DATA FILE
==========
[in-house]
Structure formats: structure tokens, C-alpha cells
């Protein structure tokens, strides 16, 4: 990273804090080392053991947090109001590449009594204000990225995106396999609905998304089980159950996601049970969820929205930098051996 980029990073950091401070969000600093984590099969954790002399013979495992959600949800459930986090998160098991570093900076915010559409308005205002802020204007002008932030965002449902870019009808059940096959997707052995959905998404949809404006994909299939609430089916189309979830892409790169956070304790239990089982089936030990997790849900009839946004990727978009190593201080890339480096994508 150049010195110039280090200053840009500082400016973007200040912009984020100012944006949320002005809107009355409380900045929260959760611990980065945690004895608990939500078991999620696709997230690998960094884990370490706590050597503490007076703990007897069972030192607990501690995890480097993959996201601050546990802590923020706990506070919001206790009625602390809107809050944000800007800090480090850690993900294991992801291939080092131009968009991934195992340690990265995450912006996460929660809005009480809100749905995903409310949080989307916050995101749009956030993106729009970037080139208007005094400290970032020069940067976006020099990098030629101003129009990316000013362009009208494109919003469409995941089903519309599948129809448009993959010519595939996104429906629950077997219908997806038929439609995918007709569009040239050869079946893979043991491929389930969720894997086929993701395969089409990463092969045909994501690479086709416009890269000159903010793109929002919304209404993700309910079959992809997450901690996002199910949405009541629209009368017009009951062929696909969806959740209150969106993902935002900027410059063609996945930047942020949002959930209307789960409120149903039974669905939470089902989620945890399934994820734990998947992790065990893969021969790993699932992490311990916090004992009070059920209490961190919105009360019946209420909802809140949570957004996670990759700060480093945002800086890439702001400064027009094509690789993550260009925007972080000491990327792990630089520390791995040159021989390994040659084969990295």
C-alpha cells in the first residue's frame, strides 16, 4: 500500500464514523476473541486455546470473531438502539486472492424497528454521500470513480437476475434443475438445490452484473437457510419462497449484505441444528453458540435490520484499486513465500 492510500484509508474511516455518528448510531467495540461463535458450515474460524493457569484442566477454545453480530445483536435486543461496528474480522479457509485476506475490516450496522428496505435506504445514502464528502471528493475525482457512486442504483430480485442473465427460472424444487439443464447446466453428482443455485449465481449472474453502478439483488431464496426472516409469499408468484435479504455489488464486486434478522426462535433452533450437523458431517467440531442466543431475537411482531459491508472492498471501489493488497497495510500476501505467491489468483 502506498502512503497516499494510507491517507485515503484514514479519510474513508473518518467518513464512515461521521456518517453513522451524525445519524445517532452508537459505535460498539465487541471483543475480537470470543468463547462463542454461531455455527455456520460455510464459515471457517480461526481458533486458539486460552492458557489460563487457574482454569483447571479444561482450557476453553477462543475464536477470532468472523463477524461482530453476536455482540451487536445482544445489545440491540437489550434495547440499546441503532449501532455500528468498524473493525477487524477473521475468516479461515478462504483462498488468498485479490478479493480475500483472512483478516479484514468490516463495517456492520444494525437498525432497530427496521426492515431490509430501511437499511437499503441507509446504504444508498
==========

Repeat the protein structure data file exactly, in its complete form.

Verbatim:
[in-house]
Structure formats: structure tokens, C-alpha cells
């Protein structure tokens, strides 16, 4: 990273804090080392053991947090109001590449009594204000990225995106396999609905998304089980159950996601049970969820929205930098051996 980029990073950091401070969000600093984590099969954790002399013979495992959600949800459930986090998160098991570093900076915010559409308005205002802020204007002008932030965002449902870019009808059940096959997707052995959905998404949809404006994909299939609430089916189309979830892409790169956070304790239990089982089936030990997790849900009839946004990727978009190593201080890339480096994508 150049010195110039280090200053840009500082400016973007200040912009984020100012944006949320002005809107009355409380900045929260959760611990980065945690004895608990939500078991999620696709997230690998960094884990370490706590050597503490007076703990007897069972030192607990501690995890480097993959996201601050546990802590923020706990506070919001206790009625602390809107809050944000800007800090480090850690993900294991992801291939080092131009968009991934195992340690990265995450912006996460929660809005009480809100749905995903409310949080989307916050995101749009956030993106729009970037080139208007005094400290970032020069940067976006020099990098030629101003129009990316000013362009009208494109919003469409995941089903519309599948129809448009993959010519595939996104429906629950077997219908997806038929439609995918007709569009040239050869079946893979043991491929389930969720894997086929993701395969089409990463092969045909994501690479086709416009890269000159903010793109929002919304209404993700309910079959992809997450901690996002199910949405009541629209009368017009009951062929696909969806959740209150969106993902935002900027410059063609996945930047942020949002959930209307789960409120149903039974669905939470089902989620945890399934994820734990998947992790065990893969021969790993699932992490311990916090004992009070059920209490961190919105009360019946209420909802809140949570957004996670990759700060480093945002800086890439702001400064027009094509690789993550260009925007972080000491990327792990630089520390791995040159021989390994040659084969990295």
C-alpha cells in the first residue's frame, strides 16, 4: 500500500464514523476473541486455546470473531438502539486472492424497528454521500470513480437476475434443475438445490452484473437457510419462497449484505441444528453458540435490520484499486513465500 492510500484509508474511516455518528448510531467495540461463535458450515474460524493457569484442566477454545453480530445483536435486543461496528474480522479457509485476506475490516450496522428496505435506504445514502464528502471528493475525482457512486442504483430480485442473465427460472424444487439443464447446466453428482443455485449465481449472474453502478439483488431464496426472516409469499408468484435479504455489488464486486434478522426462535433452533450437523458431517467440531442466543431475537411482531459491508472492498471501489493488497497495510500476501505467491489468483 502506498502512503497516499494510507491517507485515503484514514479519510474513508473518518467518513464512515461521521456518517453513522451524525445519524445517532452508537459505535460498539465487541471483543475480537470470543468463547462463542454461531455455527455456520460455510464459515471457517480461526481458533486458539486460552492458557489460563487457574482454569483447571479444561482450557476453553477462543475464536477470532468472523463477524461482530453476536455482540451487536445482544445489545440491540437489550434495547440499546441503532449501532455500528468498524473493525477487524477473521475468516479461515478462504483462498488468498485479490478479493480475500483472512483478516479484514468490516463495517456492520444494525437498525432497530427496521426492515431490509430501511437499511437499503441507509446504504444508498